5 cervical cancer myths and facts to be aware of

By: Osler Health International
Posted on: 1 Feb 2024

Also known as a ‘silent killer’, cervical cancer often produces no signs or symptoms in its early stages. It is the second most common cancer in women, and is one of the most frequently diagnosed cancers in women between age 35 and 44. Women’s health practitioners promote regular PAP tests are fundamental to early detection and treatment.

Understanding cervical cancer

According to the HPV Information Centre, cervical cancer is the 11th most common cancer in women across Singapore and holds the 5th position in prevalence among women aged 15 to 44. But what exactly is cervical cancer?

This malignancy begins in the cervix and often progresses without early symptoms, making early detection vital. The primary cause is typically due to certain strains of the human papillomavirus (HPV), which are transmitted through sexual contact.

Because of its silent progression it is recommended that young women both get the HPV vaccine and schedule regular Pap smear tests, that may offer both prevention and early detection. Raising awareness and educating women about the importance of HPV vaccines and regular cervical cancer tests is key to better health outcomes.

Common myths and facts about cervical cancer

Here, we unravel some widespread misconceptions surrounding cervical cancer, replacing them with evidence-based facts.

Myth 1: only sexually active women are at risk

A pervasive myth suggests that only sexually active women are at risk of cervical cancer. While it is true that HPV, a leading contributor, is often transmitted through sexual contact, it is crucial to understand that the risk factors are multifaceted. Essentially, anyone with a cervix can face a potential risk, making universal awareness and preventive measures all the more critical.

Myth 2: cervical cancer cannot be prevented

On the contrary, prevention is possible and can be effective. Key measures, like the administration of the HPV vaccine and regular Pap smear screenings, have been shown to curtail the risk of developing cervical cancer. These interventions are key proactive steps.

Myth 3: HPV vaccine is only for young girls

The HPV vaccine’s protective scope extends beyond young girls; it is recommended for both boys and girls, men and women. HPV strains are linked with many types of cancer (including cervical cancer) therefore it is recommended that all tweens/teens receive their vaccines before they are sexually active. Remember boys/men can spread HPV to female sexual partners, therefore vaccinating males also means protecting females.

Myth 4: pap smear tests for cancer

The misconception that Pap smear tests directly diagnose cancer needs rectification. In reality, these tests are designed to detect abnormal cells that may lead to cervical cancer, providing a crucial window for early intervention. This preemptive approach helps mitigate the risk before the disease fully manifests.

Myth 5: if you have HPV, you will definitely get cervical cancer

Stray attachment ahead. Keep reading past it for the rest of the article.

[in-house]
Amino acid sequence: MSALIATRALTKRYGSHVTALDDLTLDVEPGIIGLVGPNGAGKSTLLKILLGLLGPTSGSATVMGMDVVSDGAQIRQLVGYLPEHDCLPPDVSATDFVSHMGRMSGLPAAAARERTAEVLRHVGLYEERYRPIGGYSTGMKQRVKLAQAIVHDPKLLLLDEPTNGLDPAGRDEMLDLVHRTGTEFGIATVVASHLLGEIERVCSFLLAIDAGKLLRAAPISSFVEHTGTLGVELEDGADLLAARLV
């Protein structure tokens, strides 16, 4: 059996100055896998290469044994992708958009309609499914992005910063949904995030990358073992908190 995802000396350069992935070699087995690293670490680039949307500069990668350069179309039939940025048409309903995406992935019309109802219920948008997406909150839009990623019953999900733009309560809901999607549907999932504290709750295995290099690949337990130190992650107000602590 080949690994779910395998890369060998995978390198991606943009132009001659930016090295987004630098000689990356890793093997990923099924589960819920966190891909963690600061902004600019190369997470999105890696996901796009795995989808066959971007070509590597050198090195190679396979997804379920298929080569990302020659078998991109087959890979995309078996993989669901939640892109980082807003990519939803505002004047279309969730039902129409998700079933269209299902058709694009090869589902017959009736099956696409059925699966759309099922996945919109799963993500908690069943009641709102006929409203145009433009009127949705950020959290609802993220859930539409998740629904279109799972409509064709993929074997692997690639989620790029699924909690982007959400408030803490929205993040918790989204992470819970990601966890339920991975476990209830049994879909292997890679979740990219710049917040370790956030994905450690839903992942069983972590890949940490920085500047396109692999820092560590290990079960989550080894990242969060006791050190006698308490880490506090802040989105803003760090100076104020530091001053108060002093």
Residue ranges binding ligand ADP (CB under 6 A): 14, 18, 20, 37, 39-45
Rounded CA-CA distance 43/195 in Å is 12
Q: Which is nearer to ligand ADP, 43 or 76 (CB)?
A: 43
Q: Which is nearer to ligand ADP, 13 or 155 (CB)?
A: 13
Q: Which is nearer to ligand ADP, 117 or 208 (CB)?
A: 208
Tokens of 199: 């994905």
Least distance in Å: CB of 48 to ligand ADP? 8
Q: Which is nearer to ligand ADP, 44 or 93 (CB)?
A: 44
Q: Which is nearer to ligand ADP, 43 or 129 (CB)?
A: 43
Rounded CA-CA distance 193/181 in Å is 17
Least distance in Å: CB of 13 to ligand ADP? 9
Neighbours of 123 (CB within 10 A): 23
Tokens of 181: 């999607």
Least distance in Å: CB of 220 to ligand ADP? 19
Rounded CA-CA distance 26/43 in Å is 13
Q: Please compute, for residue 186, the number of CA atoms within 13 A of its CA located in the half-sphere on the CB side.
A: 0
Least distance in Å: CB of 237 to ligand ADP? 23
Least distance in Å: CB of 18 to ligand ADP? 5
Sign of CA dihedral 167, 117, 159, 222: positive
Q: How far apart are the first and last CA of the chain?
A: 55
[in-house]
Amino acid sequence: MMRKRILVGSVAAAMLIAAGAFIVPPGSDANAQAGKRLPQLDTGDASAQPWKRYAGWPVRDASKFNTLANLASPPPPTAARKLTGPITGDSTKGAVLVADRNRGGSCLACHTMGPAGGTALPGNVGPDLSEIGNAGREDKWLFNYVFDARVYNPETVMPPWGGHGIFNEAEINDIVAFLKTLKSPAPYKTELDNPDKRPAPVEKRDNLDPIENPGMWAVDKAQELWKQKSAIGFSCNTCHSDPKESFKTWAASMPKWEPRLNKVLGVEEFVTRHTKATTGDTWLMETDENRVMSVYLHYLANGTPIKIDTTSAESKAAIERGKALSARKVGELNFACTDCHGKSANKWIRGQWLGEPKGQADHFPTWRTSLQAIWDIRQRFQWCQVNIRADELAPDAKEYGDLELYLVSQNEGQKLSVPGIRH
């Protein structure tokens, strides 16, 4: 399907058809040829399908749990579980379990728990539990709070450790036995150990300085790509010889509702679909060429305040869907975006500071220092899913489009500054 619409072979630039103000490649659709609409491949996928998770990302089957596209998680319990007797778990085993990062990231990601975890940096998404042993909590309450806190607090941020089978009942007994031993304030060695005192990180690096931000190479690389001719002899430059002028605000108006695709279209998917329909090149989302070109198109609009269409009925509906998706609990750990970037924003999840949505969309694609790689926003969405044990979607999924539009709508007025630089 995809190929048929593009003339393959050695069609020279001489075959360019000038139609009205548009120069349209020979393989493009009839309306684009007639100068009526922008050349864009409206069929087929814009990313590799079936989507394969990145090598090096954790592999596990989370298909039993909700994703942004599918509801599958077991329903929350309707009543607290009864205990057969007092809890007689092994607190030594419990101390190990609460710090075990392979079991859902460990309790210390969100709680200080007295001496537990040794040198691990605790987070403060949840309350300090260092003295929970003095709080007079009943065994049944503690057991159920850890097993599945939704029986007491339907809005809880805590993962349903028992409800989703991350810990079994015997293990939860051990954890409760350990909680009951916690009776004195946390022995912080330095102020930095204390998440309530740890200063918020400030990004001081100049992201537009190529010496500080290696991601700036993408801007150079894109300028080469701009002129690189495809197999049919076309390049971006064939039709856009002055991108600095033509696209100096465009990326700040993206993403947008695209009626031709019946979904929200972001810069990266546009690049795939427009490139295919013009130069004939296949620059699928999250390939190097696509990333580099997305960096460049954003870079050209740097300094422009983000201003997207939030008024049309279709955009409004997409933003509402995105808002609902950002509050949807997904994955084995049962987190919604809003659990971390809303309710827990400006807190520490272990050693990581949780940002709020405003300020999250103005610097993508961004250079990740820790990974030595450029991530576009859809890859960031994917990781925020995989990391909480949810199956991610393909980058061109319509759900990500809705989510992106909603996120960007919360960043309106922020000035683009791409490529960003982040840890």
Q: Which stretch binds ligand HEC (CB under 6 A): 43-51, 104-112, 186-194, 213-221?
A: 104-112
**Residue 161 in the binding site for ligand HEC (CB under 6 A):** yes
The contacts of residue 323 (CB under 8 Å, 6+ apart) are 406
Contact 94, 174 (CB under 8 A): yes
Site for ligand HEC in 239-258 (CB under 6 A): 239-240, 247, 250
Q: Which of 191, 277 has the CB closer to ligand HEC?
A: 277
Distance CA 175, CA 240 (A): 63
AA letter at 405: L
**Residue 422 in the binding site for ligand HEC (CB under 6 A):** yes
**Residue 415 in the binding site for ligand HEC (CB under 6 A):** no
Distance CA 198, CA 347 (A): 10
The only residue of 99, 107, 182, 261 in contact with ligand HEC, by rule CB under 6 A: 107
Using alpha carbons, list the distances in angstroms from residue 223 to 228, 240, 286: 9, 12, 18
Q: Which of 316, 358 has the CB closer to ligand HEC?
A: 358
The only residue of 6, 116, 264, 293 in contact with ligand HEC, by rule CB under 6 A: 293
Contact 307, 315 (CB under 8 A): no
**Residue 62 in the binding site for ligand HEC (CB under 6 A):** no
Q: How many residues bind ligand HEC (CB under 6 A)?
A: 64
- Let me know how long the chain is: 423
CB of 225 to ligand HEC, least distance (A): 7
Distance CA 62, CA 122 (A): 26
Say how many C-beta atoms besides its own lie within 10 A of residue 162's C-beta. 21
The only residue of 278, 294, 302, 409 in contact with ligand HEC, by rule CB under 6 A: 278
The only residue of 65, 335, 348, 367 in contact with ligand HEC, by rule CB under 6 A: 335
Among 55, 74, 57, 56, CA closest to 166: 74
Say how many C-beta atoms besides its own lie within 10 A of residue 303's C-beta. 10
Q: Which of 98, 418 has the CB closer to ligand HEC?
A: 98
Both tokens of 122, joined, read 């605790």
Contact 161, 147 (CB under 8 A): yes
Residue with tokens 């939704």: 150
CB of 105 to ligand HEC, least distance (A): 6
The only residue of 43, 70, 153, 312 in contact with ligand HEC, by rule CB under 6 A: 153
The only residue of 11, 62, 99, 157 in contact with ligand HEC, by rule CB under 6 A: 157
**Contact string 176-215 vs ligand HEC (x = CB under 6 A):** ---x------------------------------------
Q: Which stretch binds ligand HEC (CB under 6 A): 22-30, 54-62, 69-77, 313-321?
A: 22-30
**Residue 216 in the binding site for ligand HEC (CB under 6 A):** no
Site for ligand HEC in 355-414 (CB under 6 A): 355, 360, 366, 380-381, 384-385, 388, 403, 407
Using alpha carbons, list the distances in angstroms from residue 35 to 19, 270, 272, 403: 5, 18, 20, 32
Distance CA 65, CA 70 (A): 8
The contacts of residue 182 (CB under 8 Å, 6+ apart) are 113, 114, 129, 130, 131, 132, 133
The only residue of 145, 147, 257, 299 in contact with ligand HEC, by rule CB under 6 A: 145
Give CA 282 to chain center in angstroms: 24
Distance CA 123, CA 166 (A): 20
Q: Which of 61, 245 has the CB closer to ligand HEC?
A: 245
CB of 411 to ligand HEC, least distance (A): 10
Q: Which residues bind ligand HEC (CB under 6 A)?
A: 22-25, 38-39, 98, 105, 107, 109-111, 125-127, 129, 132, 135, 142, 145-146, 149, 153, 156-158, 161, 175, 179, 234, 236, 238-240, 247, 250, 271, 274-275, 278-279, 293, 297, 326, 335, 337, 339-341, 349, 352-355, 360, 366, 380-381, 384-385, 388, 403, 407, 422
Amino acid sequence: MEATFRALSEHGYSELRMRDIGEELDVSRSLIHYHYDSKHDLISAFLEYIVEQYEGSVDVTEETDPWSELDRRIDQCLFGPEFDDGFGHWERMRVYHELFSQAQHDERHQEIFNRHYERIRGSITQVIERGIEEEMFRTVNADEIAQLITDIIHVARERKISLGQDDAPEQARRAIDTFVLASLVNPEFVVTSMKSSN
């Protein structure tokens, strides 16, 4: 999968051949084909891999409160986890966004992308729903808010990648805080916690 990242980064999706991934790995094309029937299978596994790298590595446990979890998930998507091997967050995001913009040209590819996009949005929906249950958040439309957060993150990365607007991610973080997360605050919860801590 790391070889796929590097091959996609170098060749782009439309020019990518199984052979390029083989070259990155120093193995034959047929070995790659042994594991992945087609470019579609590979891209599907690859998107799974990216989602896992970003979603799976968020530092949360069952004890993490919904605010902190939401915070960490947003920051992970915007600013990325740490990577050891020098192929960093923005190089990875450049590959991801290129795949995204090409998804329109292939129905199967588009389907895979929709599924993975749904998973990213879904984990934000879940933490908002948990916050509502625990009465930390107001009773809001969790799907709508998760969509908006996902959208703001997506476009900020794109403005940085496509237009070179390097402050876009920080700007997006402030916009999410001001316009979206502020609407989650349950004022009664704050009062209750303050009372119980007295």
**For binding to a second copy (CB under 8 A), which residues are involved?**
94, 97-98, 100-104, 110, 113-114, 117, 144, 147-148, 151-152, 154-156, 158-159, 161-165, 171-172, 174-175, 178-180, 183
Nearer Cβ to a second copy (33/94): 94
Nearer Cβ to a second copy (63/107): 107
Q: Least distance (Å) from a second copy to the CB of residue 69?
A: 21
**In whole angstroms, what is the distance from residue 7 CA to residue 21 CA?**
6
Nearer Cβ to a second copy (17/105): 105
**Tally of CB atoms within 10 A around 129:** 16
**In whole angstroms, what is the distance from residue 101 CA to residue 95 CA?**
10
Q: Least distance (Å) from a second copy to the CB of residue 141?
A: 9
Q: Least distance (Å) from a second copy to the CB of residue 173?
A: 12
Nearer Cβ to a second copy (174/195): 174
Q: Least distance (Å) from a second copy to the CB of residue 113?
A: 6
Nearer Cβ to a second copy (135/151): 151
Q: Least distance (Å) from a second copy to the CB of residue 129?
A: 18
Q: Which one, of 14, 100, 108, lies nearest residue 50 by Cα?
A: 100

Although HPV is a significant risk factor for cervical cancer, it is essential to note that not all HPV infections will culminate in cancer. A substantial number of HPV infections may resolve spontaneously without escalating into more severe health complications.

The role of regular screening in preventing cervical cancer

The lynchpin in the battle against cervical cancer lies in the power of regular screening. Pap smear and HPV testing are key tools for early detection, with specific recommendations on the frequency and target age groups for screening. Adhering to these recommendations can potentially enhance early detection rates, paving the way for timely interventions.

Vaccination: a key preventative measure

Similarly, the cervical cancer vaccine targeting HPV stands out as a key preventive measure. Understanding the vaccine’s eligibility criteria and benefits can lead you to make informed decisions about vaccination, minimising the risk of cervical cancer. This proactive step is also crucial in diminishing the incidence of cervical cancer, showcasing the vaccine’s role as a focus in prevention efforts.

How to access services in Singapore

Singapore’s healthcare landscape offers many services tailored to women’s health, including full-body check-up for ladies that will often encompass cervical cancer and possibly HPV vaccines. Women’s clinics across the island offer a supportive environment for women to take charge of their health.

Towards a future free from cervical cancer

Dispelling myths and embracing facts is fundamental in the battle against cervical cancer. It is important to encourage discussion, debunk misconceptions, and promote factual knowledge among your loved ones. Through regular screenings and consideration of HPV vaccination, tangible strides can be made in preventing cervical cancer.

On this World Cancer Day, let’s commit to spreading awareness and taking actionable steps towards safeguarding women’s health against cervical cancer. Feel free to speak to an Osler Health doctor at your GP clinic in Singapore today to find out more about relevant health screening services.

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